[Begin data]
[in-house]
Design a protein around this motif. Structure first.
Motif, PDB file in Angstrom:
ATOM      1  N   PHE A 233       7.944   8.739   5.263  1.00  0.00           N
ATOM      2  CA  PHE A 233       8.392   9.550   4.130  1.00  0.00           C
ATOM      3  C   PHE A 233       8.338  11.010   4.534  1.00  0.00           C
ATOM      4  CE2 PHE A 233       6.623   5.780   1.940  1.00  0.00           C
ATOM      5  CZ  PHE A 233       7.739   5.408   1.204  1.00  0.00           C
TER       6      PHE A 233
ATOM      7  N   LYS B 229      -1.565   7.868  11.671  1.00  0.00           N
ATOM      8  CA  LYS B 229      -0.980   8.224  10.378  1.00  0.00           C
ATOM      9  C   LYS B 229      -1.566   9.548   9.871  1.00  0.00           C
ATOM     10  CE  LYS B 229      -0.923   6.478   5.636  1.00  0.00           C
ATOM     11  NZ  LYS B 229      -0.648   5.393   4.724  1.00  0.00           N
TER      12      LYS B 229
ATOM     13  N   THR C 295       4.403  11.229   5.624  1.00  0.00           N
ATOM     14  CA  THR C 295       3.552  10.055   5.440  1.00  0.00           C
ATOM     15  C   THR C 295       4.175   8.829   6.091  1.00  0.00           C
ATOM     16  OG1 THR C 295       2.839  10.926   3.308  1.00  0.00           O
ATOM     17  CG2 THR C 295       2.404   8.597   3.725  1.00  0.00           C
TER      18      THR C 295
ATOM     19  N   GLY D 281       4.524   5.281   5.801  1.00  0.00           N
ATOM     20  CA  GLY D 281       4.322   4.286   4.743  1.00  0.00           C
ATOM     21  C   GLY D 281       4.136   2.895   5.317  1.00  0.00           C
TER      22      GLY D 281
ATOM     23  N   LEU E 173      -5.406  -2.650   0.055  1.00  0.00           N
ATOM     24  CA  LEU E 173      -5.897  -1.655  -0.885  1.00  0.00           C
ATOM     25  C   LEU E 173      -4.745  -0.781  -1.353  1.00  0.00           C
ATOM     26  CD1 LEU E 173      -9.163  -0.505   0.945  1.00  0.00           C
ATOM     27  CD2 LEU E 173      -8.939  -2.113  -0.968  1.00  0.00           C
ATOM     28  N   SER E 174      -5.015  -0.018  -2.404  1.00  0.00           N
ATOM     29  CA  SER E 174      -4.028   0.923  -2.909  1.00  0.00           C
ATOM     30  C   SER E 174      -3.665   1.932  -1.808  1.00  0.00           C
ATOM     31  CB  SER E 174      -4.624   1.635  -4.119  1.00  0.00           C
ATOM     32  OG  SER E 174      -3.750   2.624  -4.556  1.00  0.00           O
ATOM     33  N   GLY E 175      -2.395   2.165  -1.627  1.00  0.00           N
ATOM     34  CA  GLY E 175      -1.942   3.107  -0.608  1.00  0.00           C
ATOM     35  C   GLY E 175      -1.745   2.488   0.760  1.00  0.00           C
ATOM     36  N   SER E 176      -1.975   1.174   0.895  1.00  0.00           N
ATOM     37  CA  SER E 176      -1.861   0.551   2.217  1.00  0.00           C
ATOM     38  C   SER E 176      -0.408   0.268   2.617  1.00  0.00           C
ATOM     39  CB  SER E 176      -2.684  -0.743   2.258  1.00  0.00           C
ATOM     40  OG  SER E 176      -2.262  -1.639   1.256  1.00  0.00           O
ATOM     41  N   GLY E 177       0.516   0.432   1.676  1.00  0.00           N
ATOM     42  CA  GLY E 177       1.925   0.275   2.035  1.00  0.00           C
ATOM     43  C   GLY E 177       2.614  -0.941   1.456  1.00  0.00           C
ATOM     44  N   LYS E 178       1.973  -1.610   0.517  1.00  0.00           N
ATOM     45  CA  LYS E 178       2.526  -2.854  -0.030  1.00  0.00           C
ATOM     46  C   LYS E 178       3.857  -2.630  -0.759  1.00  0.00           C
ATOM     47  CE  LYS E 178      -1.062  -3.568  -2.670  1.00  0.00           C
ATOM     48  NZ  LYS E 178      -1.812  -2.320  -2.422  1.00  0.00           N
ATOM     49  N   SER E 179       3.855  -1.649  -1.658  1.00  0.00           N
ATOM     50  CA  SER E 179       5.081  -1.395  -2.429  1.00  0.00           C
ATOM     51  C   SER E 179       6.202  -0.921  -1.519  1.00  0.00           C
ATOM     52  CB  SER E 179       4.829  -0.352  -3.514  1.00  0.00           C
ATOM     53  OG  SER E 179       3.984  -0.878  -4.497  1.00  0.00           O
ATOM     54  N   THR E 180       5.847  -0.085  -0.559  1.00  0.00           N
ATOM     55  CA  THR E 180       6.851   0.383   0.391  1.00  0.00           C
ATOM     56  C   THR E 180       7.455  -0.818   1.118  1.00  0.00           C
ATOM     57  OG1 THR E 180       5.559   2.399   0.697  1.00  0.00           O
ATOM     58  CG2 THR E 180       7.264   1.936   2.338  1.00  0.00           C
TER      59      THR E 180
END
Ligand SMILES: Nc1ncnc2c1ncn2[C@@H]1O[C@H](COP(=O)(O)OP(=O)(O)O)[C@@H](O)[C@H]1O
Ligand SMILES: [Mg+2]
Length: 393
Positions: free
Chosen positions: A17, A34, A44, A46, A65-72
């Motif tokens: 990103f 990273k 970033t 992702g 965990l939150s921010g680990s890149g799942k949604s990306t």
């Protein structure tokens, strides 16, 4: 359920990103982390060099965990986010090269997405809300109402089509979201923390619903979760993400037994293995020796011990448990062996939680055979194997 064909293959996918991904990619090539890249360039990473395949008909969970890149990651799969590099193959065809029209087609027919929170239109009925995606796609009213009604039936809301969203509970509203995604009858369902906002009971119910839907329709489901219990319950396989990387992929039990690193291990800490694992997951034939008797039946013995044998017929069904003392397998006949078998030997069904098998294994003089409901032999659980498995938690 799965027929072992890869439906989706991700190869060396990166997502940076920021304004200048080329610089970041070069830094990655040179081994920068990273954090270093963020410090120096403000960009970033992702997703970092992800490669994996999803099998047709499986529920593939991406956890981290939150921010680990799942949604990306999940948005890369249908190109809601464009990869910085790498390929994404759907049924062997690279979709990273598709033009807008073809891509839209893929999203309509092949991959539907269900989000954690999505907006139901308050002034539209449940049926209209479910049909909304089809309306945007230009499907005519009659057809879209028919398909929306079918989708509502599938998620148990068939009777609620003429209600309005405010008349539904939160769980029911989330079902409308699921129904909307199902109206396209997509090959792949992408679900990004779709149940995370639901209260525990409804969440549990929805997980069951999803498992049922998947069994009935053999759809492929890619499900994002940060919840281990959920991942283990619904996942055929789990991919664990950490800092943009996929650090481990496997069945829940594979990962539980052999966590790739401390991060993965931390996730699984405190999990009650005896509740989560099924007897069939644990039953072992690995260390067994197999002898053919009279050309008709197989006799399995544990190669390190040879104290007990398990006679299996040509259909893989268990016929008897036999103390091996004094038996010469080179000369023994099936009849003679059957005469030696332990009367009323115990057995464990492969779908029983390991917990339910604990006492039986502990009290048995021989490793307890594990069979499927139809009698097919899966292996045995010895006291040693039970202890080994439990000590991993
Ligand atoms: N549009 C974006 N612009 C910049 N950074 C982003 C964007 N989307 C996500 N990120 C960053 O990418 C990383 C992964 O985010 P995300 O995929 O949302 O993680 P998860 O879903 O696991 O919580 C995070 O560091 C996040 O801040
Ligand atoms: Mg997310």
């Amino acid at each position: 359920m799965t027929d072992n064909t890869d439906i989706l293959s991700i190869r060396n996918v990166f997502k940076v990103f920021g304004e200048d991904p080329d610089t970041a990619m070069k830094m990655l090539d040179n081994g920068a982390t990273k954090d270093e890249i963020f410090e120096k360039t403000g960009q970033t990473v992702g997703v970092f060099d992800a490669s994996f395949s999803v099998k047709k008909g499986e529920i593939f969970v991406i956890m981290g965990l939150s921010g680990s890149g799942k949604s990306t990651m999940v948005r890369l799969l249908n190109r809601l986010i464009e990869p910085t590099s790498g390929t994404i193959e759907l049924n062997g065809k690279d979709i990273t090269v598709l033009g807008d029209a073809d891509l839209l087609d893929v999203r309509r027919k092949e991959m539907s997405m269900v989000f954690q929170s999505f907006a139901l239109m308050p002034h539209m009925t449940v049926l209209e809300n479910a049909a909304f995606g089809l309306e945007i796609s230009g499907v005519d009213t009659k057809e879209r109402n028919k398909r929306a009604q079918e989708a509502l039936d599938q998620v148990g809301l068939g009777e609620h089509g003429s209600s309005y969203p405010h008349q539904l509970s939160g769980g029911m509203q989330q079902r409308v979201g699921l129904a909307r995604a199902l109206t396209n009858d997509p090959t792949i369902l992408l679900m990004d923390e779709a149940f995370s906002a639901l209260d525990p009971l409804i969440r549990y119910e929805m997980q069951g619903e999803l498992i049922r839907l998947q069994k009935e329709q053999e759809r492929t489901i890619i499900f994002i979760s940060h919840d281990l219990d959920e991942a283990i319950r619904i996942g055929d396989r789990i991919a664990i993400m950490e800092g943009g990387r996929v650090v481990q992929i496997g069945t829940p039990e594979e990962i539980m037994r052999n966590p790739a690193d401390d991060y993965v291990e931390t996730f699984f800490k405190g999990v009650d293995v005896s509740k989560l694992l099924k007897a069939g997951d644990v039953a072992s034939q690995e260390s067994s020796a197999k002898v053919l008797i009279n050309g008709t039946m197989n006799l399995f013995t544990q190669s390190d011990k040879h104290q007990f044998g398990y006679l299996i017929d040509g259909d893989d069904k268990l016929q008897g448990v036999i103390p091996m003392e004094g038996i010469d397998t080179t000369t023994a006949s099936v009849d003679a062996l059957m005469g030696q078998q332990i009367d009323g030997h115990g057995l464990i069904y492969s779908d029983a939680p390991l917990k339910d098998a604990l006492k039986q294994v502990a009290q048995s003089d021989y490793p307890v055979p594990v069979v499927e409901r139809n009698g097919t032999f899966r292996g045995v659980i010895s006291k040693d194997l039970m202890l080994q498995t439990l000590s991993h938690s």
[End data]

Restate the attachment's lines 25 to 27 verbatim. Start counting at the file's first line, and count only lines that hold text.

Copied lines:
TER      22      GLY D 281
ATOM     23  N   LEU E 173      -5.406  -2.650   0.055  1.00  0.00           N
ATOM     24  CA  LEU E 173      -5.897  -1.655  -0.885  1.00  0.00           C